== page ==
For our second outing, we headed to the mainland, to Rijeka, Croatia’s third largest city. After practice, practice, practice we finally made it to Carnegie Hall, for that indeed was the venue as we sang for the Slovenian minority community in their club venue. The full hall, reminiscent of the “halla” in my own school, made us feel at ease. Trasna na dTonnta wooed them early in our recital, and we gave them of our best. Once again we were warmly welcomed and fed, and the unexpected connections with Ireland were explored. With one more public performance to come, we had an early night, but not before rearranging our music for our church performance the following day.

Krk Cathedral has been a space for Christian worship for 15 centuries with features that represent each milestone in that time span. We sang the Lord’s praises as Laidin, as Gaeilge agus as Béarla. The congregation were later our audience, immediately after Mass, and we gave them a short recital.

Afterwards, our parched throats led us to “Titanic”, a bar and pizza spot by the pathway that led from the walled town of Krk to our hotel. With no icebergs in sight it was a wise choice. Individual party pieces were let fly with impromptu harmony, giving soloists a supported, if rocky ride. With duty done, Monday beckoned, with a 5 hour sea cruise among the islands. Two swimming stops along the way made it the perfect post performance release. A special bonus was our sighting of a griffon vulture with its wingspan of almost 3 metres, and its demanding chick. Long may this endangered bird be free to float above us.

With the food so good and pounds being gained, we all resolved to be active on the long shaded walks in temperatures hitting 30 degrees, or spending more time enjoying the salty water experience. Further visits to “Titanic” called forth Plans B, and C, as no party piece was allowed a repeat. The growing sense of comradeship among the choir made it possible to enjoy any meal or outing with any random members and feel perfectly at ease. With our Euro worth 7 Kuna it was difficult to get rid of one’s spending money. We tried a little harder and just about managed to shed our “funny” money.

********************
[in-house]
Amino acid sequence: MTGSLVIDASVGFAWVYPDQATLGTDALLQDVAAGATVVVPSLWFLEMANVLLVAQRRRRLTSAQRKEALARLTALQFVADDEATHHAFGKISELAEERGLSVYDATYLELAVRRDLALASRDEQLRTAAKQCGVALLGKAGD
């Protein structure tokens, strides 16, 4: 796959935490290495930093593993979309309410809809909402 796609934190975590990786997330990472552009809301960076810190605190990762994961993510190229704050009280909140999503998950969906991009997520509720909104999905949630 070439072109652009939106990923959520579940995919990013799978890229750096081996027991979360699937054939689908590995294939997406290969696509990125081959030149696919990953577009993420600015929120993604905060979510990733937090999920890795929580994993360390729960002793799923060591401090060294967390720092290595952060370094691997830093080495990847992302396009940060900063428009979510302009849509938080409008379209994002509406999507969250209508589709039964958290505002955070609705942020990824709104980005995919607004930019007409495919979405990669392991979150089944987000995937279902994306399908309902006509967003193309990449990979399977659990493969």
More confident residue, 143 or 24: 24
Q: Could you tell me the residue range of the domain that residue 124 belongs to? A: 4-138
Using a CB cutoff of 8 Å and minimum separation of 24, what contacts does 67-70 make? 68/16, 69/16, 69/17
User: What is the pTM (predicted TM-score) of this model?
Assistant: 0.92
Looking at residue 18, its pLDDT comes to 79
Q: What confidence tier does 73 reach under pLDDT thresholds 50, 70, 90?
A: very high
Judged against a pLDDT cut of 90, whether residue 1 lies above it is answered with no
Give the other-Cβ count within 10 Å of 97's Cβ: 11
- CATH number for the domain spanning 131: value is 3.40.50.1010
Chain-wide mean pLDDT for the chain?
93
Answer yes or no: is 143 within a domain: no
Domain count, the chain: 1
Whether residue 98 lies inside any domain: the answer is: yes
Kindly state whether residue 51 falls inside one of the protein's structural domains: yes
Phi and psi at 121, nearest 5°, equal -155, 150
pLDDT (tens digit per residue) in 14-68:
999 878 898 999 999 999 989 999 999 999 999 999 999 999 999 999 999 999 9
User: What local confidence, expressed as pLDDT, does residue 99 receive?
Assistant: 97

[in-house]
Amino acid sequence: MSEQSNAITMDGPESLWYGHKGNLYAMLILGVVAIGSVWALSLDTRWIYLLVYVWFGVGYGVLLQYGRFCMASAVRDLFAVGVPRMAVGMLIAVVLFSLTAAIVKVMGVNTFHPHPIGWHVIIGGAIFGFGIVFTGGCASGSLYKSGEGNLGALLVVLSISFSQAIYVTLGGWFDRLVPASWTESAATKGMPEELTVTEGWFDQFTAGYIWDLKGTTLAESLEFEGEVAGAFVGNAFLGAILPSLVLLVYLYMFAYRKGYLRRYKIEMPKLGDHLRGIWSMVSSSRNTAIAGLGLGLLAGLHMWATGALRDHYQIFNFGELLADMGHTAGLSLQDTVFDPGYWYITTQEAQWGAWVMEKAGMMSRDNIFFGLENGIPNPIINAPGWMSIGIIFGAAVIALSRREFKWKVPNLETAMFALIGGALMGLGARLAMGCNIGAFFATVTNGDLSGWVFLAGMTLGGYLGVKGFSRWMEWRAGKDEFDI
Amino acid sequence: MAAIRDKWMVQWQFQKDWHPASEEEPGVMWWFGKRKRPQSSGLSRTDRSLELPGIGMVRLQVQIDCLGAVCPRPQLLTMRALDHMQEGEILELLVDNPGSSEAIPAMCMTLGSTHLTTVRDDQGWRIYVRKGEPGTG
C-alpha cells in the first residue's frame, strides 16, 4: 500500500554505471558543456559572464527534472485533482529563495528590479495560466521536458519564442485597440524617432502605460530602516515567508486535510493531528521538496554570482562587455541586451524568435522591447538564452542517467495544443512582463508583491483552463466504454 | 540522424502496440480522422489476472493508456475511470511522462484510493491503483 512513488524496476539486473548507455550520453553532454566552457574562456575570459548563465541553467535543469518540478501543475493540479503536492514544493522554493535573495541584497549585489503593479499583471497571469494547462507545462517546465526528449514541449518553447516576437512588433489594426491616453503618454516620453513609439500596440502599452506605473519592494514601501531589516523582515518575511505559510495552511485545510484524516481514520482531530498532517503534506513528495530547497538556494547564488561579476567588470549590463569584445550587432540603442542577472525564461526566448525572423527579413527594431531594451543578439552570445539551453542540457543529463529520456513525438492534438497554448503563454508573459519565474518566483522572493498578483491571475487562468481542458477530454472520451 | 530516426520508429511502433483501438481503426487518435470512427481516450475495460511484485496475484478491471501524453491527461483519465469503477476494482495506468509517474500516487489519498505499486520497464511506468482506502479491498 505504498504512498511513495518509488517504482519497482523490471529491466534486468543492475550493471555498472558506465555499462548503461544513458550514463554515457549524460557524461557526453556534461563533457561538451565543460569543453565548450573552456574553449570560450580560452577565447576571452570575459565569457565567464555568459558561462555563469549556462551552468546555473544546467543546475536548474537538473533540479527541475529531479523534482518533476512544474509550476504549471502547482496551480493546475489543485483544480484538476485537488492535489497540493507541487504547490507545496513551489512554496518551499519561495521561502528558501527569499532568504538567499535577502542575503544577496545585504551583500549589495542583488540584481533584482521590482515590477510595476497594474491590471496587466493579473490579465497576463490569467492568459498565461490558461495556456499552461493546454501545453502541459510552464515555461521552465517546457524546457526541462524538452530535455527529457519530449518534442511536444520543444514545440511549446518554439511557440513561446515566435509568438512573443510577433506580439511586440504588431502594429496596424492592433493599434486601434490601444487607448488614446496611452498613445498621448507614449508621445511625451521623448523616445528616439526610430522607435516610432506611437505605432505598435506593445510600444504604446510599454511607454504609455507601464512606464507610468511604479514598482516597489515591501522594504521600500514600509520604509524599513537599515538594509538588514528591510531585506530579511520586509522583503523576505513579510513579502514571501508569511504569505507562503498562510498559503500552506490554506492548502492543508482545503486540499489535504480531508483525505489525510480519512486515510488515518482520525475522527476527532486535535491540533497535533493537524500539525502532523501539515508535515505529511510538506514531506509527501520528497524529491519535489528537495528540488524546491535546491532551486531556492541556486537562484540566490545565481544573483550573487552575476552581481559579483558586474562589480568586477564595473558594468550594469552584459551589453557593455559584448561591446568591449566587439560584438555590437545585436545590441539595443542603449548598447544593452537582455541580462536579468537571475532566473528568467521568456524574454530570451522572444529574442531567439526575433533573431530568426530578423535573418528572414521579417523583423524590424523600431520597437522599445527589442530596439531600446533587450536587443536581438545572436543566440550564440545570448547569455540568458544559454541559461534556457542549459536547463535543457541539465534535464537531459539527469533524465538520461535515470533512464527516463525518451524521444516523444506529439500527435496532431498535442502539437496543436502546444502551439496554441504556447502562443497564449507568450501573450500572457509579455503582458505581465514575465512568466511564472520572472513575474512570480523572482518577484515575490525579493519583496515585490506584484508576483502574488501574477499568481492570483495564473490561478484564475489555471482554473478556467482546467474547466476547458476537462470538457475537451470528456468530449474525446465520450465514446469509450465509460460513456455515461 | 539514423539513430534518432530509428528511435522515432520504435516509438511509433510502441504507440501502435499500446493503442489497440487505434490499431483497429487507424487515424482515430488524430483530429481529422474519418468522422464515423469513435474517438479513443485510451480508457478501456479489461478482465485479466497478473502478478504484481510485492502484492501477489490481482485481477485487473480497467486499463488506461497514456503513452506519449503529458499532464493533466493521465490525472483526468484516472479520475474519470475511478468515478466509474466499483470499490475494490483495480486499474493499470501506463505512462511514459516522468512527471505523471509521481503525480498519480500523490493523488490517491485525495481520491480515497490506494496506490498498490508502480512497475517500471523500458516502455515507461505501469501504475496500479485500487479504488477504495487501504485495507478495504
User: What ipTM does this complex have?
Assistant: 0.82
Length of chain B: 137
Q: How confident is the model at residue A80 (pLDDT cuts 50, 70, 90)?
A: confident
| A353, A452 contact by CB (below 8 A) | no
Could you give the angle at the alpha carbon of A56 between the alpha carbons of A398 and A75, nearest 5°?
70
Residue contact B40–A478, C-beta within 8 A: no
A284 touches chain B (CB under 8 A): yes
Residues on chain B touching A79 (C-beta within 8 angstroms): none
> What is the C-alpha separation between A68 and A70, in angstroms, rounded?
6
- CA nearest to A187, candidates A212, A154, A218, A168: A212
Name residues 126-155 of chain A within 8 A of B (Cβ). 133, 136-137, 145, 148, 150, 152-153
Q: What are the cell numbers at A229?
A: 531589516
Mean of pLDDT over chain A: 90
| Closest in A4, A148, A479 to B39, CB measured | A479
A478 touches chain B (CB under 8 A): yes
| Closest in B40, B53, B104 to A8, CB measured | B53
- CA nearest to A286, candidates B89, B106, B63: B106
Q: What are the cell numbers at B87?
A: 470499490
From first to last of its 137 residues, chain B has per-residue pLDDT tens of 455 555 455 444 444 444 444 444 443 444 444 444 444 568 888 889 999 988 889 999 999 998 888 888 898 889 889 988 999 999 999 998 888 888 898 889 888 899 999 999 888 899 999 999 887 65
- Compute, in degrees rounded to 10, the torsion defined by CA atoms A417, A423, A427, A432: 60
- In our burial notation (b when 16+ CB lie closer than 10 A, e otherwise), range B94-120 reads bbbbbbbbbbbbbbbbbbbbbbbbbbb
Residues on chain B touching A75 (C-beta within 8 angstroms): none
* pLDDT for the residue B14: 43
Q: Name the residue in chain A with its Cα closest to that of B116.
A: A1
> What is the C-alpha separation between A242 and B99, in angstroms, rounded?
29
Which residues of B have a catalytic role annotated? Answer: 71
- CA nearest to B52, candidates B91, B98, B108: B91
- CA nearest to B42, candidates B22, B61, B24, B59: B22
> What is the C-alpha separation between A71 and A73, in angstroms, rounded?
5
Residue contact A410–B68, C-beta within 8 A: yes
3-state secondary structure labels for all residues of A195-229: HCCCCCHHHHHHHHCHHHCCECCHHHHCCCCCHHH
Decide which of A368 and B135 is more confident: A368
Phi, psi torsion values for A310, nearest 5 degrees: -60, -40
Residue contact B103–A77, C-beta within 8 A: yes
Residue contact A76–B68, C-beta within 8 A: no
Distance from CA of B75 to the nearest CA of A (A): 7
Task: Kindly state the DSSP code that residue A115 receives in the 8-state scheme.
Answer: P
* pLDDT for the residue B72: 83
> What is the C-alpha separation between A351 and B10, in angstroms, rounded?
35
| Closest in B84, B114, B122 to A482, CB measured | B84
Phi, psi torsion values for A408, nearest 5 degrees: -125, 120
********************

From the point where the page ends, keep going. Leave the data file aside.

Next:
Then suddenly we found ourselves mentally packing and gearing up for the return trip. With little extra weight by purchase, may I now inform Ryanair that we may have boarded with extra carry-on weight!!!

Our Croatian driver loaded us up, and off we headed once more for Zadar Airport. Alternatively the most barren, rocky landscape could give way to lush growth and harvests to come. The stone walls of Connemara are works of art in comparison with the mounds of Croatian rock walls that speak of surplus of rock and lack of inspiration.

At the Airport, the greeting that our flight was delayed struck some as an overture to worsening bad news to follow. Thankfully we got away in just under an hour late. Once we landed in Dublin it took us a while longer to come down from the natural “high” of our trip. Yes, we are back, but our photos, recordings and especially our memories will keep Krk 2019 in a warm and special place in our hearts.

le Seán Ó Callanáin

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Dráma 2019

Tá Grúpa Drámaíochta an RTAI ag eagrú seó an Fhomhair faoi láthair. Taréis roinnt cruinnithe san SMA i Wilton I Mí na Bealtaine, tá an clár nach mór socraithe anois. Bheadh fáilte is fiche roimh bhaill nua, idir aisteoirí, scríobhnóirí nó éinne gur mhaith  bheith leo  bheith bainteach i slí ar bith leis an ngrúpa. Téigh i dteagmháil le Marian má tá suim agat bheith linn- 0864072037.

Ba bhreá linn dráma aon-ghníomh nó sceits as Gaeilge a léiriú  i mbliana. An bhfuil script  nó smaoineamh do script agat? An scríofá sceits nó dráma dúinn?

Slí iontach isea an drámaíocht chun cairde nua a dhéanamh, bíonn an chraic go diail ar fad agus is mór an sásamh bheith ar stáitse. Is iontach an rud é an lucht féachana a shásamh agus go deimhin táimíd fíor-bhuíoch as an dtacaíocht  dhílis a thugann sibh dúinn.

Táimíd ag tnú go mór   le Mí Dheireadh Fomhair agus Mí na Samhna 2019 le  seó úrnua.

Meitheamh 2019

The following events are planned for June:

5th – 12th. Our Choir will visit Krk, Croatia.

7th. Friday. Social Coffee Morning. Clayton Silver Springs Hotel. 11a.m.

13th. Thursday. Amble. The Gearagh.

19th. Wednesday. SUMMER MEETING. Oriel House Hotel. 12p.m.

26th. Wednesday. Hillwalkers. Darragh Woods, led by Nora Farrissey and Máiréad Twomey.

Details of times and meeting points will be sent by text message and email (hillwalks).

A reminder to download the Text-a-Parent app. Never miss a text from RTAI, and store all your RTAI messages in one place!


Lough Hyne and Cape Clear